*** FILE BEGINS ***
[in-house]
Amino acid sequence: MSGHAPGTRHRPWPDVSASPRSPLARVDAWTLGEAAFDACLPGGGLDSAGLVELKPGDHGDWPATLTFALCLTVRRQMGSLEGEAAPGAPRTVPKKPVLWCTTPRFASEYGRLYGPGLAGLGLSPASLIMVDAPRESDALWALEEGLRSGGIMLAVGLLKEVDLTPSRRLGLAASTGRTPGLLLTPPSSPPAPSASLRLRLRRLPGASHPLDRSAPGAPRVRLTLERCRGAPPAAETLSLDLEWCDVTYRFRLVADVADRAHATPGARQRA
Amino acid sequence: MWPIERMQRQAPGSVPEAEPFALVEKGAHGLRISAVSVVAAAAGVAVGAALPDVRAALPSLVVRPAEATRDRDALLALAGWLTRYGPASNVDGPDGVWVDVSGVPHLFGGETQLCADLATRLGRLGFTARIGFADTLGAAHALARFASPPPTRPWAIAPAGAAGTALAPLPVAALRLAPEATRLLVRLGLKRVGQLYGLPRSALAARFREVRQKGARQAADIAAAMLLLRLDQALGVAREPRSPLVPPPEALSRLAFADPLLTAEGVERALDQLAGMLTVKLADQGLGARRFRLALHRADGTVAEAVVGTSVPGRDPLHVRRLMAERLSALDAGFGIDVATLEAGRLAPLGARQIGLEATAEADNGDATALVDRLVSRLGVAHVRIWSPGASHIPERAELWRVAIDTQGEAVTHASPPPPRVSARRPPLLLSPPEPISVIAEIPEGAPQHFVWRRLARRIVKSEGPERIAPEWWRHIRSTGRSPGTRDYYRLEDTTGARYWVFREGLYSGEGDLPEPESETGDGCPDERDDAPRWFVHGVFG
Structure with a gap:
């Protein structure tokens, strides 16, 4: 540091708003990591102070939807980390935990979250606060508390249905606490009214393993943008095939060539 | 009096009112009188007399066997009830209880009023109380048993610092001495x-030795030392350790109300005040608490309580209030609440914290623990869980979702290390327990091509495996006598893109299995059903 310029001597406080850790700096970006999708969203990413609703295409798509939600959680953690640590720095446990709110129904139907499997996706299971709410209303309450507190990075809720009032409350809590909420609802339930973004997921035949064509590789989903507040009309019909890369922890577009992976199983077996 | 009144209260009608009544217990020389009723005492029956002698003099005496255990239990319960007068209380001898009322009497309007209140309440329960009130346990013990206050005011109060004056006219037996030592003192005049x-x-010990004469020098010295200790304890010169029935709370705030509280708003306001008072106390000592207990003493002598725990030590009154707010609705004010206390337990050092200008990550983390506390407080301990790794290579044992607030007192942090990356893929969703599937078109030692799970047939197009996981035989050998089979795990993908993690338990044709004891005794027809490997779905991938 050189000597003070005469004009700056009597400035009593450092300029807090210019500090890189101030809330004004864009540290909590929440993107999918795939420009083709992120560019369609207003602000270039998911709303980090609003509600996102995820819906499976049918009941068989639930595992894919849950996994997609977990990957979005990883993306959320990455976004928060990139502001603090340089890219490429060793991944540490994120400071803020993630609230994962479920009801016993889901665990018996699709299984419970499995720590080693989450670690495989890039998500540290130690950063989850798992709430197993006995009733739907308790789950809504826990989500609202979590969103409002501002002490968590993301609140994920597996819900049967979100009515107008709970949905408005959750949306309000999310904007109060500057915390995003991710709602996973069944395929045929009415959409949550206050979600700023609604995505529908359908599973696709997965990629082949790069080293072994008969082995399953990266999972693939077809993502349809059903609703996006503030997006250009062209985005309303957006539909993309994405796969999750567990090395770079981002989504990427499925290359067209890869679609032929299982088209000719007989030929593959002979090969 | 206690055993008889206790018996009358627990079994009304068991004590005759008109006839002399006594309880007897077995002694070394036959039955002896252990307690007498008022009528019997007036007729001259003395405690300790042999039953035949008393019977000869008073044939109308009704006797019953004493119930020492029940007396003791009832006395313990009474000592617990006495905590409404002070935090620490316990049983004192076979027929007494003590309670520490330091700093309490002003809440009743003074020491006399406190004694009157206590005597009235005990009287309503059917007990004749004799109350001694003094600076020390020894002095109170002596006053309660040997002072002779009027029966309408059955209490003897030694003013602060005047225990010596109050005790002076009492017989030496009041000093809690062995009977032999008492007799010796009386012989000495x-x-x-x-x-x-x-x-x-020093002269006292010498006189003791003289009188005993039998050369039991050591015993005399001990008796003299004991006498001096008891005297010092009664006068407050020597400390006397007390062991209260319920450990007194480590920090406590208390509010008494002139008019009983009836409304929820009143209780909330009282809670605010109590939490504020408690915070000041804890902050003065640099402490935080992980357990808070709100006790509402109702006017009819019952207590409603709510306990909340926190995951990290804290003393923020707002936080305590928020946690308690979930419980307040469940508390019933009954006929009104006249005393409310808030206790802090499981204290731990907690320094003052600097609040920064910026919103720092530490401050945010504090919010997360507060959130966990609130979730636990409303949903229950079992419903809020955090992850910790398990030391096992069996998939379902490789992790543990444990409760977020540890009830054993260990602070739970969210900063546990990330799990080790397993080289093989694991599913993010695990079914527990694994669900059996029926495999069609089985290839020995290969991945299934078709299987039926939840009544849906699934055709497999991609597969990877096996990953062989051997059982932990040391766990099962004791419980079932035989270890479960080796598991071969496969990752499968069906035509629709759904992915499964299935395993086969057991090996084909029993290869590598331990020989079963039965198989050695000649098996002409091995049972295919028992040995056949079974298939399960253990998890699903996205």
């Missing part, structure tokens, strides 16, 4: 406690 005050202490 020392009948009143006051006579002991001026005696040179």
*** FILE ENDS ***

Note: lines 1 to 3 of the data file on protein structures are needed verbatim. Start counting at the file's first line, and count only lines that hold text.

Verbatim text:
[in-house]
Amino acid sequence: MSGHAPGTRHRPWPDVSASPRSPLARVDAWTLGEAAFDACLPGGGLDSAGLVELKPGDHGDWPATLTFALCLTVRRQMGSLEGEAAPGAPRTVPKKPVLWCTTPRFASEYGRLYGPGLAGLGLSPASLIMVDAPRESDALWALEEGLRSGGIMLAVGLLKEVDLTPSRRLGLAASTGRTPGLLLTPPSSPPAPSASLRLRLRRLPGASHPLDRSAPGAPRVRLTLERCRGAPPAAETLSLDLEWCDVTYRFRLVADVADRAHATPGARQRA
Amino acid sequence: MWPIERMQRQAPGSVPEAEPFALVEKGAHGLRISAVSVVAAAAGVAVGAALPDVRAALPSLVVRPAEATRDRDALLALAGWLTRYGPASNVDGPDGVWVDVSGVPHLFGGETQLCADLATRLGRLGFTARIGFADTLGAAHALARFASPPPTRPWAIAPAGAAGTALAPLPVAALRLAPEATRLLVRLGLKRVGQLYGLPRSALAARFREVRQKGARQAADIAAAMLLLRLDQALGVAREPRSPLVPPPEALSRLAFADPLLTAEGVERALDQLAGMLTVKLADQGLGARRFRLALHRADGTVAEAVVGTSVPGRDPLHVRRLMAERLSALDAGFGIDVATLEAGRLAPLGARQIGLEATAEADNGDATALVDRLVSRLGVAHVRIWSPGASHIPERAELWRVAIDTQGEAVTHASPPPPRVSARRPPLLLSPPEPISVIAEIPEGAPQHFVWRRLARRIVKSEGPERIAPEWWRHIRSTGRSPGTRDYYRLEDTTGARYWVFREGLYSGEGDLPEPESETGDGCPDERDDAPRWFVHGVFG